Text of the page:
Well this is fairly big news, isn't it? The Macan, Porsche's best selling model by a significant margin, is set to become a full EV when the next generation arrives in 2021. That's not an electric option to sit alongside the fuel-burning variants either; there'll be no Macan E next to the S, GTS and Turbo on dealer forecourts. If you want a Macan, you'll be plugging it in at night.
By that point, of course, the notion of a plug-in Porsche won't be such a novel one, with the Taycan and Taycan Cross Turismo both scheduled to launch by the end of 2020, softening the ground before the Macan lands a year later. Still, the announcement marks the first time a major manufacturer has declared that an established model in its lineup will be doing away with traditional fossil fuels altogether, and as such the decision will no doubt cause a certain level of commotion amongst Stuttgart's peers and customers alike.
Precise details are understandably scarce at the moment, however it is understood that though the electric Macan will share its 800V technology with the Taycan. It will be the first model to take advantage of the 'Premium Platform Electric' architecture co-developed with Audi. Under the plans Porsche's Leipzig manufacturing facility will also be transformed into "an automobile plant for electromobility."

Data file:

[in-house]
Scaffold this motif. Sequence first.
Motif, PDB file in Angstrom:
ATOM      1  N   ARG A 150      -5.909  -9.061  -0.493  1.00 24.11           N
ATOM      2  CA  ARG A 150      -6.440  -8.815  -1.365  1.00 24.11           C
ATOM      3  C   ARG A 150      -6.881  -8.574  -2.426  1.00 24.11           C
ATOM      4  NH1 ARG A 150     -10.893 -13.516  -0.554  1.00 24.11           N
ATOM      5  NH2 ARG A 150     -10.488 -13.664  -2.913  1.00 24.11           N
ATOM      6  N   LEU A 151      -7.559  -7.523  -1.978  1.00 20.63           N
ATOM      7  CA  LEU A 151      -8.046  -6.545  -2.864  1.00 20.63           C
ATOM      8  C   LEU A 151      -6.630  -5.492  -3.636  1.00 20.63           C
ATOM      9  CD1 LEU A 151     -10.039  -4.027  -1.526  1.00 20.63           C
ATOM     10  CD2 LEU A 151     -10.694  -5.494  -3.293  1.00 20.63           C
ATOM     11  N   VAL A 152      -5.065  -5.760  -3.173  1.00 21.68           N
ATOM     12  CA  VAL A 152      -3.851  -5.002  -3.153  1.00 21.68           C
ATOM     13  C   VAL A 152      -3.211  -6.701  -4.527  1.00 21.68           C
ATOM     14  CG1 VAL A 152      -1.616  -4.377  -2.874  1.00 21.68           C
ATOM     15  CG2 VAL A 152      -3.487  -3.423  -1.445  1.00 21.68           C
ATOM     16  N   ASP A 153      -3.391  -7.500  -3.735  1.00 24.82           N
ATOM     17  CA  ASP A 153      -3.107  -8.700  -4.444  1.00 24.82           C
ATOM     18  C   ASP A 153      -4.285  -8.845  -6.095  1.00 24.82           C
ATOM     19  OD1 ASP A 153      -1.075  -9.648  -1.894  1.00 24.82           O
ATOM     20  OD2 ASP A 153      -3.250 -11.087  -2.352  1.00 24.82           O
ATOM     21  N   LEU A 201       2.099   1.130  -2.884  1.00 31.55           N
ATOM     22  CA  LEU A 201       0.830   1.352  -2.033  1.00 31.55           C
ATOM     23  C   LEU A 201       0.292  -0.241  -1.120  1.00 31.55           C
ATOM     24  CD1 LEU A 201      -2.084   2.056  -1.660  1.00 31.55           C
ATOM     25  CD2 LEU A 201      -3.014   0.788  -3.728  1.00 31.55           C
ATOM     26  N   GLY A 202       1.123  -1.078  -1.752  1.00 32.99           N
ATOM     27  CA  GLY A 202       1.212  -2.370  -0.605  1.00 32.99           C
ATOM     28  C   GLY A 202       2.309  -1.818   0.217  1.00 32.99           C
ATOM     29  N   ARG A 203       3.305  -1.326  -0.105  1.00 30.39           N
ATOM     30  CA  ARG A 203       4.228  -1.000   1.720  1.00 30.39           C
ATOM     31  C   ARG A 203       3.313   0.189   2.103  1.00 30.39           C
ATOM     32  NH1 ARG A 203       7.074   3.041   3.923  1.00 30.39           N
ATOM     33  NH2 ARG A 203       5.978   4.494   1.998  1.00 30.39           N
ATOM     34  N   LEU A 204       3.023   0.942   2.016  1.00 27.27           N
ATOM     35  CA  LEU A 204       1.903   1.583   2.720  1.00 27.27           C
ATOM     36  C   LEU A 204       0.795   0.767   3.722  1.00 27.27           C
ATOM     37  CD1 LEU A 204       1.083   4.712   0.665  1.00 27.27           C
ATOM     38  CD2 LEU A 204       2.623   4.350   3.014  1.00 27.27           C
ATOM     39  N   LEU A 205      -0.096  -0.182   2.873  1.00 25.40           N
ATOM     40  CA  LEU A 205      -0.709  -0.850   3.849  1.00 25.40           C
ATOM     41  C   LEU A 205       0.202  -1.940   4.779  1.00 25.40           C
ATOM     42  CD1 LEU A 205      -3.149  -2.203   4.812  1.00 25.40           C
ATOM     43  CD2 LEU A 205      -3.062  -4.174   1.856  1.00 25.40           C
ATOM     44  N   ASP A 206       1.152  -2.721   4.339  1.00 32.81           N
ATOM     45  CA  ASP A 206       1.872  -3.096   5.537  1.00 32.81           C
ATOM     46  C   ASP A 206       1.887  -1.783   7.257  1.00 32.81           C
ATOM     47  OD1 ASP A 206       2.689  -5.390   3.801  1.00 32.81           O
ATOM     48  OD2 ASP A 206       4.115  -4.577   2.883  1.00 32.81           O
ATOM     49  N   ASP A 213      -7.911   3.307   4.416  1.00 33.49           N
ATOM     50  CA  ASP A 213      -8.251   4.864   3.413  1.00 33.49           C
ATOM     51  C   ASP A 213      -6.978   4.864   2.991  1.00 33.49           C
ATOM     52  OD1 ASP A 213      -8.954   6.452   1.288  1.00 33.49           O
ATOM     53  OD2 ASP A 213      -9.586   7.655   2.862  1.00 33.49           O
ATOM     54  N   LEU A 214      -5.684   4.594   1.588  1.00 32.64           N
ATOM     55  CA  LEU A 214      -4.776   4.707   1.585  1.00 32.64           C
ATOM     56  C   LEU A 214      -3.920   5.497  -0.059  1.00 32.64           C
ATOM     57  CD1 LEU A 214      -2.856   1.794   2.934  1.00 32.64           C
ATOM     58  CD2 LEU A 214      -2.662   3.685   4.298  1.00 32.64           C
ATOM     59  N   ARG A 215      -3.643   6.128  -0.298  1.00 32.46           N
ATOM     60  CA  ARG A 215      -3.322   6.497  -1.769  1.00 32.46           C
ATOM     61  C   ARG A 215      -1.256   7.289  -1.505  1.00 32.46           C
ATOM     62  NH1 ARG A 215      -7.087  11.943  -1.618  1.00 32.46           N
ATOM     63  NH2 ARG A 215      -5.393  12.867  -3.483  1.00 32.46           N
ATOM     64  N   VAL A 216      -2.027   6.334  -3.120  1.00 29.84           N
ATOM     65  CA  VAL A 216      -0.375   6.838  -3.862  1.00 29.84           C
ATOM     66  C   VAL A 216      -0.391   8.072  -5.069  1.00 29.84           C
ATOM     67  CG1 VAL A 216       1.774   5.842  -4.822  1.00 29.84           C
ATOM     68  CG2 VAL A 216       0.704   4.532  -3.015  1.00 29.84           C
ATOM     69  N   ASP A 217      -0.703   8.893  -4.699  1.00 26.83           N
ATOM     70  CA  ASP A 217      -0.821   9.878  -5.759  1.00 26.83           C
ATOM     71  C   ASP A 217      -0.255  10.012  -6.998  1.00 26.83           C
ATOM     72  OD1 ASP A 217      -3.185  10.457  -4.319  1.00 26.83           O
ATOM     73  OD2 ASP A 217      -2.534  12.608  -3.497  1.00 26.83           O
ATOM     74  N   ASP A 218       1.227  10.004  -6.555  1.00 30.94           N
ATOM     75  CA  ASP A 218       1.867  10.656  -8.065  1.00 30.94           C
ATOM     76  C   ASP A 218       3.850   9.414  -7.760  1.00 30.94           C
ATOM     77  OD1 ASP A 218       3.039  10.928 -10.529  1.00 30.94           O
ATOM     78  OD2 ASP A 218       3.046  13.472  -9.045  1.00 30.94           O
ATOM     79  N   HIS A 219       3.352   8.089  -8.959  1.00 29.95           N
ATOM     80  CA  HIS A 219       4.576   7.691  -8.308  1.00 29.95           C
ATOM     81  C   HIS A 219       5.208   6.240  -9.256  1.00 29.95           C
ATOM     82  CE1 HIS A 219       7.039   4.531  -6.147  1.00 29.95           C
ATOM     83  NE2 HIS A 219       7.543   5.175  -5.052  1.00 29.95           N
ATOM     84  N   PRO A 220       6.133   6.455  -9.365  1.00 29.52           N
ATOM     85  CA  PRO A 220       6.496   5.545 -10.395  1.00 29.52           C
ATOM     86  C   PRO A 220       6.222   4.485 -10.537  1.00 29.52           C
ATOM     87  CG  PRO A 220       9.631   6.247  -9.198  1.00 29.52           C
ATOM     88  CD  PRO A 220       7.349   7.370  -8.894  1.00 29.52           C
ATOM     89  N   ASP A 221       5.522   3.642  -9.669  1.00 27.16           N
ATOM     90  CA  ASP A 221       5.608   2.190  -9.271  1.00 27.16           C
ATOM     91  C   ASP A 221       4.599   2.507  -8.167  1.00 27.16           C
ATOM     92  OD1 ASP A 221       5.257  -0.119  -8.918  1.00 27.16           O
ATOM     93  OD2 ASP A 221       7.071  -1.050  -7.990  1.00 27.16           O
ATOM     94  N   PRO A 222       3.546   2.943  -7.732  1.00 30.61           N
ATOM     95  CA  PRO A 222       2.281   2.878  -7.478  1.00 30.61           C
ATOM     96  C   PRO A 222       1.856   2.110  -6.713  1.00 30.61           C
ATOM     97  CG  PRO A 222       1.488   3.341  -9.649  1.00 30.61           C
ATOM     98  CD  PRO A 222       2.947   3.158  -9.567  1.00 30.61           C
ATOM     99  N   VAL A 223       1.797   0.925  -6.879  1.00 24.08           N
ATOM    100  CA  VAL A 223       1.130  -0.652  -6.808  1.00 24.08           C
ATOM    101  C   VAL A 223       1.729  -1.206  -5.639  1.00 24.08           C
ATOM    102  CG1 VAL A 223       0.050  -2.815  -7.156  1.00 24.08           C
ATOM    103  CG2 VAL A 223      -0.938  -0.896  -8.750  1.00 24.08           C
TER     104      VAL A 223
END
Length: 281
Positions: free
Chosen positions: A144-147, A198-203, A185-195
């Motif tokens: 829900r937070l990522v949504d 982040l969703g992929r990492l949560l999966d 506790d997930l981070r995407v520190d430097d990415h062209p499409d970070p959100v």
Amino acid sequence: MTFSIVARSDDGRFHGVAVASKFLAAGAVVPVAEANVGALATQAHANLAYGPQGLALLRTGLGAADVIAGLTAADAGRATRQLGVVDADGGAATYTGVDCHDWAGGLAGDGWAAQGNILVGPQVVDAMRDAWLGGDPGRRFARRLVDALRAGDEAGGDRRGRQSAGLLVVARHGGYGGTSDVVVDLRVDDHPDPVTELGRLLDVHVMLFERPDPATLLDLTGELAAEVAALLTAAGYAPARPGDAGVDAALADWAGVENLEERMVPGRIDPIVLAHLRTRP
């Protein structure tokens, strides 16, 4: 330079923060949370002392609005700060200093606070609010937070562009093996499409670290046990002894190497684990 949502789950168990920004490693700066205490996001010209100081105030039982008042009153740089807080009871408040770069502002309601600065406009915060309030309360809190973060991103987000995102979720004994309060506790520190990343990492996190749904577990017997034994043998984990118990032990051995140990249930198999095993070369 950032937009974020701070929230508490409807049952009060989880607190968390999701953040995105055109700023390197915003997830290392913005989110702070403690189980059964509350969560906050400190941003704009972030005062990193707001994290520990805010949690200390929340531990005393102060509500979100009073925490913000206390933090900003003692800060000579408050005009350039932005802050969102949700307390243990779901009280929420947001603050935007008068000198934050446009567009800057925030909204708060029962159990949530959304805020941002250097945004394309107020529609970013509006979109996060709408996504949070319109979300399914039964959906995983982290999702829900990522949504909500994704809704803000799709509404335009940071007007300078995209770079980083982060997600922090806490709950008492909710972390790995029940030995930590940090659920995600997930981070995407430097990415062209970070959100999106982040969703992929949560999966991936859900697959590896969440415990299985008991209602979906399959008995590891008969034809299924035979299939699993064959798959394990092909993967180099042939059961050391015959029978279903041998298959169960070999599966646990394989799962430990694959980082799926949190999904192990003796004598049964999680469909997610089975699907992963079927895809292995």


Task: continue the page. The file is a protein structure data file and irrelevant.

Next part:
Explaining the choice, Porsche bigwig Oliver Blume said: "Electromobility and Porsche go together perfectly; not just because they share a high-efficiency approach, but especially because of their sporty character. By 2022 we will be investing more than six billion euros in electric mobility, and by 2025 50% of all new Porsche vehicles could have an electric drive system."
There's no need to start panic-buying 911s just yet, though, with Blume continuing: "Nevertheless, over the next ten years we will focus on a drive mix consisting of even further optimised petrol engines, plug-in hybrid models, and purely electrically operated sports cars." So we have at least another decade, and hopefully more, of petrol-powered Porsche sports cars. But the writing would appear to be on the wall for its less driver-focussed models.
To that end, it'll be interesting to see how the electric Macan is received by buyers. It's hard to imagine many of them being too perturbed, as long as it has Porsche badges in the correct places and pressing the right pedal makes it go fast (which it will). Once the technology starts to filter down to models which occupy more of a middle ground, though, the company might find itself facing some expectation issues.